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ARTS 111 Course Notes Includes lecture notes + things said in class... good for midterm and assignments.

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ARTS 111
Jayne Hayden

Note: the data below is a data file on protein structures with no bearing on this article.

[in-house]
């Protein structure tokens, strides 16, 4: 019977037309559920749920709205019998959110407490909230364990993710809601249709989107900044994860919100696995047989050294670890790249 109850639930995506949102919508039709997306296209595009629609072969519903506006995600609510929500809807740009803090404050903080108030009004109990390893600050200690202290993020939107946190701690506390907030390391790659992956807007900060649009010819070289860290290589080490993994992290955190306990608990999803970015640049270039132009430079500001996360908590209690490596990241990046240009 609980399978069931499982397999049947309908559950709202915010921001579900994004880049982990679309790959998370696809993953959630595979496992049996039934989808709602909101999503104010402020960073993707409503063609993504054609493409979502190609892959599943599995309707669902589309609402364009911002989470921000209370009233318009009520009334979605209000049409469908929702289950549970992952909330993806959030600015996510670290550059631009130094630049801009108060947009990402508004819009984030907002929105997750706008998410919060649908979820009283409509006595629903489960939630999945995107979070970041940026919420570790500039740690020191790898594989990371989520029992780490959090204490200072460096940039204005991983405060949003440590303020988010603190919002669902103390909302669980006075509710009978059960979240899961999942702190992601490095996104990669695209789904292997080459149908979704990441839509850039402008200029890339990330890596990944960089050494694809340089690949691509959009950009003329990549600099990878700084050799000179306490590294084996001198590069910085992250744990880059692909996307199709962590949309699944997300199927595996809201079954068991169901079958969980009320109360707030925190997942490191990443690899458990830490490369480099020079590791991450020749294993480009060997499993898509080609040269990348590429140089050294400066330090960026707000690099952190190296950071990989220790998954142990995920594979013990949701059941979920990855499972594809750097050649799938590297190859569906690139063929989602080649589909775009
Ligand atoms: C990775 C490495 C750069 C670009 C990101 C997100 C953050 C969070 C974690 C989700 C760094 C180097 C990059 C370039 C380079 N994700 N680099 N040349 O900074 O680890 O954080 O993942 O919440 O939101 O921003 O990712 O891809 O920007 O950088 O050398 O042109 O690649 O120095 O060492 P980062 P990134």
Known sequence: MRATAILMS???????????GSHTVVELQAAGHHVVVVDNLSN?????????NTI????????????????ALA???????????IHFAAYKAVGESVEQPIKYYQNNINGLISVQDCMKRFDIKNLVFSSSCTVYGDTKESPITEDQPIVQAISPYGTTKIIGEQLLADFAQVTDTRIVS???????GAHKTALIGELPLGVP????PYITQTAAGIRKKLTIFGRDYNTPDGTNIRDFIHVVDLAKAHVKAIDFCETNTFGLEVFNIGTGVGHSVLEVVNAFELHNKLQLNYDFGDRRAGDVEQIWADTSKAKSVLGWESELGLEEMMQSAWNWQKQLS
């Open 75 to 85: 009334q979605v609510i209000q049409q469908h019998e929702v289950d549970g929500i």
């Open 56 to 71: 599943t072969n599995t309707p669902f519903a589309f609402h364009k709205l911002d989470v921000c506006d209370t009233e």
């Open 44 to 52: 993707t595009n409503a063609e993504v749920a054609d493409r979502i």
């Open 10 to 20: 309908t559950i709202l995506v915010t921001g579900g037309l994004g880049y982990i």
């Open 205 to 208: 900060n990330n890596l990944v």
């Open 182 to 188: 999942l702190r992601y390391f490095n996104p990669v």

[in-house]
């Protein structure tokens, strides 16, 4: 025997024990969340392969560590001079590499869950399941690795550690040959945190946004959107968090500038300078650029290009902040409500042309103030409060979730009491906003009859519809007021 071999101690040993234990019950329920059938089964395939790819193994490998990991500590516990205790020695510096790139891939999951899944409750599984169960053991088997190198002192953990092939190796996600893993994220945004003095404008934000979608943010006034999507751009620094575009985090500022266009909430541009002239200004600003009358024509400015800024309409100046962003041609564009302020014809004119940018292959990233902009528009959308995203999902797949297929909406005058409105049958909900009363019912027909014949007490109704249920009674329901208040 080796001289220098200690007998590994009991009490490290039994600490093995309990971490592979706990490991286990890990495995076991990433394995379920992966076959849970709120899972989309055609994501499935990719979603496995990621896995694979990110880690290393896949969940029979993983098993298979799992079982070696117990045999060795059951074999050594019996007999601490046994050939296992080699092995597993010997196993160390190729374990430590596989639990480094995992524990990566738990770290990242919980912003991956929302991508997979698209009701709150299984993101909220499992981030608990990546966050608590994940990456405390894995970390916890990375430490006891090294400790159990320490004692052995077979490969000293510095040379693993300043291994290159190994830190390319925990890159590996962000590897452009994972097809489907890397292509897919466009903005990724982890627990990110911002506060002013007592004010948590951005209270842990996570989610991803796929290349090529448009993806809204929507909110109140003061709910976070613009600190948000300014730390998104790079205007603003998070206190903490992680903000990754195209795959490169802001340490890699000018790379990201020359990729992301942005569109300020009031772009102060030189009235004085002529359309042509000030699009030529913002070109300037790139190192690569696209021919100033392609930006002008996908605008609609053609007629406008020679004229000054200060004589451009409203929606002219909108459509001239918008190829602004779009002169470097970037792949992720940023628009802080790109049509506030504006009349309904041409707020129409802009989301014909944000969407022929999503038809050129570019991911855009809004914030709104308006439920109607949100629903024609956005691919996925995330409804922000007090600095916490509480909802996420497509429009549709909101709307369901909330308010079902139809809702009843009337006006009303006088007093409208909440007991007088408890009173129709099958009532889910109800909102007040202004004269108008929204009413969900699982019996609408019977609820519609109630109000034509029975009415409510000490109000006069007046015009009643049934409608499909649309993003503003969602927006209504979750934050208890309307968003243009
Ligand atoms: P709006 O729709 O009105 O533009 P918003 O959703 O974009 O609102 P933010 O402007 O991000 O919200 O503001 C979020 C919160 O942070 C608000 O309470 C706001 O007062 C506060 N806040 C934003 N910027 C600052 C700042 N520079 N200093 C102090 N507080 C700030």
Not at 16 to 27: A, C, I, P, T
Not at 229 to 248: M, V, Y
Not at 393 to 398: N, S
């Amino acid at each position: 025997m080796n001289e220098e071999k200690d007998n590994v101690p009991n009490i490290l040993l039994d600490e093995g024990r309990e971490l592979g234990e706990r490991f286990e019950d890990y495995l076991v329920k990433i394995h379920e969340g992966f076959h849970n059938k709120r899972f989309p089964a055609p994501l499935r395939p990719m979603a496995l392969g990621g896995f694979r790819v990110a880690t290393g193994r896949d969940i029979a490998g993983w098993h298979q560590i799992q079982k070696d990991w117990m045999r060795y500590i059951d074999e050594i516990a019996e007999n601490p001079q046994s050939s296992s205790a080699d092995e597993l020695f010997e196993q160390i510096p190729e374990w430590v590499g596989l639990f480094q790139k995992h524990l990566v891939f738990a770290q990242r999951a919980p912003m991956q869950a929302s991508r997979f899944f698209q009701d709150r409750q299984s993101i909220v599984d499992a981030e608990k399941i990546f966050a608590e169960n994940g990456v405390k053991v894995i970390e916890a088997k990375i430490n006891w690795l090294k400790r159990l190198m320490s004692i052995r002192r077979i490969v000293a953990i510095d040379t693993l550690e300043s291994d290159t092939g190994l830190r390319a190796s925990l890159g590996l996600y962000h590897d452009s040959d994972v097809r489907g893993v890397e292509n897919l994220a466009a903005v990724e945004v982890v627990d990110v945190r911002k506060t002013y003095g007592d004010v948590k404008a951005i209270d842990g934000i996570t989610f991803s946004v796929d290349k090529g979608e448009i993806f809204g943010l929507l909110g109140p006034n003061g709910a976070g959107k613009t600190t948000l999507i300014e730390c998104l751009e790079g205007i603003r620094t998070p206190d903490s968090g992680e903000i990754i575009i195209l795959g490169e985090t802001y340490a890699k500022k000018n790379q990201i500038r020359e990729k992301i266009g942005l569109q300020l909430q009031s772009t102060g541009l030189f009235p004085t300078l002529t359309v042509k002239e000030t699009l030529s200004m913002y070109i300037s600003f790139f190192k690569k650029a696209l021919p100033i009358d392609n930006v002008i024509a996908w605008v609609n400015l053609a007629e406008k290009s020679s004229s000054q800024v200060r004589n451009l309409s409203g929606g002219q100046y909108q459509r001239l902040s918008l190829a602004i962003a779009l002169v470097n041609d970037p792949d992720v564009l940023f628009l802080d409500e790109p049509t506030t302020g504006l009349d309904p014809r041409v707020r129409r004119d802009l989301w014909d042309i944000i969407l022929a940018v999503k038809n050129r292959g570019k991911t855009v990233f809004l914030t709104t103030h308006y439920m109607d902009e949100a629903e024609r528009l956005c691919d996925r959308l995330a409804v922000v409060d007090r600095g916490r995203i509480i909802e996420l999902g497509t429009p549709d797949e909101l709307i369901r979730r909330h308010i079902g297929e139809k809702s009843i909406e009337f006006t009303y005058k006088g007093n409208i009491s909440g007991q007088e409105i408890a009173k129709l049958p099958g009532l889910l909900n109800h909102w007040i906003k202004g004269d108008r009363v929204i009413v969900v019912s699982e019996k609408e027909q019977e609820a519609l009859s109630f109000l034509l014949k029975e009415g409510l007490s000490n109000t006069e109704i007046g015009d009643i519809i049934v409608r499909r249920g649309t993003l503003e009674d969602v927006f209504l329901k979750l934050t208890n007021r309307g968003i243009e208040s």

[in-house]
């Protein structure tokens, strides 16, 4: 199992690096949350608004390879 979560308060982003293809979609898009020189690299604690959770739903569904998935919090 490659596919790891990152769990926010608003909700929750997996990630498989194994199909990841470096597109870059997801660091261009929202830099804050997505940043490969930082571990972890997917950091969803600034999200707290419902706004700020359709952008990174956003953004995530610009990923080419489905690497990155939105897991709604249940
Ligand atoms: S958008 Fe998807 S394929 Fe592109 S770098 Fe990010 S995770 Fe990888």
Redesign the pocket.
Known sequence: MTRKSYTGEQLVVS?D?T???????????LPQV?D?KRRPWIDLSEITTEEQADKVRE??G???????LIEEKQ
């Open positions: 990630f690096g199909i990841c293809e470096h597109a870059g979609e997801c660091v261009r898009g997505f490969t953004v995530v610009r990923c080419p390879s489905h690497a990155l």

ARTS 111 Study Notes Career Planning The career emerged from the industrial revolution The nature of the work is rapidly changing Continuous learning is necessary There are many options in todays organizations; always changing Relationships between workers and employers is changing less loyalty Less permanency; Ex. job-sharing, contract work, etc. Offering of maternity/paternity leave Abundance of career materials and resources Safer work environments Workforce affected by immigration Careers, Work, and Career Development Career Development- A lifelong process involving both internal and external factors Career Development Factors: 1. Physical 2. Psychological 3. Education 4. Economy 5. Social Trends 6. Culture 7. Chance Career- Total constellation of lifetime roles; More than just paid work (i.e. voluntary work and education) Work- Activity/energy towards creating something useful for yourself or a group of people; Ex. Volunteering for the animal shelter Occupation- Groups of similar positions across companies/organizations and industries; Ex. Accounting, Human Resources, etc. Position- A group of similar tasks done by a person, owned by the organization; Ex. Microsoft has an opening for a Technical Trainer Job- A group of similar tasks done by a person, owned by that individual (i.e. the result of a successful interview, when they offer you the position, it is now your job) Vocation- A calling; Something you feel compelled to do; Ex. Becoming a social worker because you have always wanted to help others Career Decision Making (CDM) Factors Affecting Career Decisions: Sex/Gender State of the economy Family background Chance Friends/Peers Marital situation Education/Learning Special acquired skills Physical characteristics Cognitive/Special natural abilities Personality/Temperament Interests/Values We are all writing the story of our life Po Bronson Factors Affecting a Persons CDM: Locus of Control Passion (following your heart) Self efficacy (confidence) Career maturity (readiness to make effective career choices) Positive Change Cycle Locus of Control- The degree to which people believe they are in control of their own fate or destinies Internal- People have control over their own destinies External- People have no control over their destinies; Apathy Positive Change Cycle- Helps people move from incorrect/negative goals to more positive ones (i.e. hope) Commitment- Commit to change and really make an attempt Information- Gather extensive information and be open to it Skilled Practice- Find out what skills you have and what you need to work on Planning- Put goals in writing and continuously set new goals as they are achieved Pyramid of Information Processing Myths and Dysfunctional Thoughts Myths: There are tests that can tell you what you should do A career counsellor can tell you what to do Career decisions can be made in isolation The CDM process ends when a decision is made Dysfunctional Career Thoughts: Are learned from childhood through adolescence and adulthood Matter of degree Limits the capacity to learn effective CDM skills Can be identified, challenged, and altered Potential Dysfunctional Career Thinking Outcomes: Anxiety Procrastination Dependency on others Impulsive choice Limited/Distorted insights about the self Limited occupational knowledge Isolating CDM from other issues Use of stereotypes Lack of motivation Lack of confidence in CDM skills Decision-Making Confusion (DMC)- The inability to understand, initiate or sustain a career decision making process; Emotions impede engagement and it is an endless cycle Commitment Anxiety (CA)- The inability to commit to a single choice, let go of alternatives, overcome the state of indecision, prioritize, and escape the repetitive cycle Secondary Gain- The fear of making the wrong decision External Conflict (EC)- Inability to balance between pleasing self and others (self-perception vs. others) Theories of Career Development Characteristics of a Good Career Theory: Terms and constructs Factors Understanding of career choice Understanding of career events Research Practice Historical Perspective: Logical Positivists: Parsons and Holland Developmental: Super Process: Sampson et al Constructivists/Narrative: Savickas Theory on Choosing a Vocation: (Parsons) 1. Self-knowledge- Individuals differ in interests, values, skills, and personality; Evaluated through interviews and questionnaires 2. Knowledge of world of work- Occupational lists, industry classifications, information on training/education 3. True reasoning- Cognitive process using analytical skills Limitations: - Career choice is treated as a single event - People in similar jobs are not the same - Other influencing variables; Emotions Theory is the core of most modern theory Tests of abilities, aptitudes, and inventories of interests developed Organized occupational information (ex. NOC) Constructivist Career Theory: (Savickas) Importance of therapeutic relationship Life themes: meaning making, construct Not making one career decision for life Methods: lifelines, journaling, early childhood memories, genograms (family relationships), autobiographies, role models, mottos Students with Disabilities There is little research in this area Heterogeneous group Mild disabilities: Higher unemployment and underemployment Lower pay Dissatisfaction with employment Career theories and instruments: partial application Fewer life experiences Low or inaccurate self-efficacy beliefs Impact of disability Difficulty understanding strengths/weaknesses Have an external locus of control Weak advocates for themselves Interventions Can Help: Assess students and improve their self-awareness and CDM skills Shift to an internal locus of control Give new experiences Reveal unconsidered career options and educate on occupational research tools (NOC) Give successful role models Inform on employer responsibilities and available accommodations Gender as an Influence on CDM Work goals and Rationale for Career Choice: (Morgan et Al) Career and home role are of equal importance Values and self-efficacy beliefs Women tend to have people-oriented reasons (ex. being able to help others values are important) and have low-self efficacy in the traditional male-dominated roles Men tend to be drawn to roles with extrinsic rewards (ex. money, respect, etc.) Internal and External Barriers: Options are restricted (reinforcement of female vs. male roles are occurring in school still) Faculty members Underrepresentation in traditionally male-dominated occupations Pay and Promotion: (Hogue; Abel; Roszkowski) Average starting salary ~$10,000/year more for males Males usually more willing to negotiate Risk Averseness: Females more risk-averse Males more willing to take risks Male and Female Dominated Occupations: Professions Gifted children study (Mendez & Crawford) gifted females trend toward having traditional male qualities (assertive, competitive, etc.) and choosing careers that are more male dominated Men in Non-Traditional Occupations: (Lease) Generally, liberal-minded and tend have mothers in non-traditional occupations View that female-dominated jobs had better work-life balance Belief that there is a better chance of moving ahead quicker because fewer men in field Women and Relational Themes: (Crozier & Borges) Having relationships in a career Females in traditional and non-traditional occupations had the same values Females in non-traditional fields still believe they could make a difference / help people Parents as an Influence on CDM Socioeconomic Status (SES), education level, and biogenetic factors of parents are associated with career development of children Parents provide cultural standards, share/model attitudes (verbally or through actions), values, expectations Having Faith in childrens abilities will cultivate higher efficacy Secure attachment of children to parents: Self/environmental exploration kids have home support as well as autonomy Parenting Styles: 1. Indulgent- High responsiveness, low expectations; Not very good at making decisions or getting things done 2. Authoritarian- Low responsiveness, high expectations; Kids do really well because they are driven out of fear usually end up in a career they do not enjoy 3. Authoritative- High responsiveness, high expectations; Kids have higher self-confidence and an appropriate amount of independence, more persistent, and socially confident 4. Uninvolved- Low responsiveness, low expectations; Kids have low self-efficacy and confidence have few opportunities to learn about careers and themselves High Indulgent Authoritative Responsiveness Uninvolved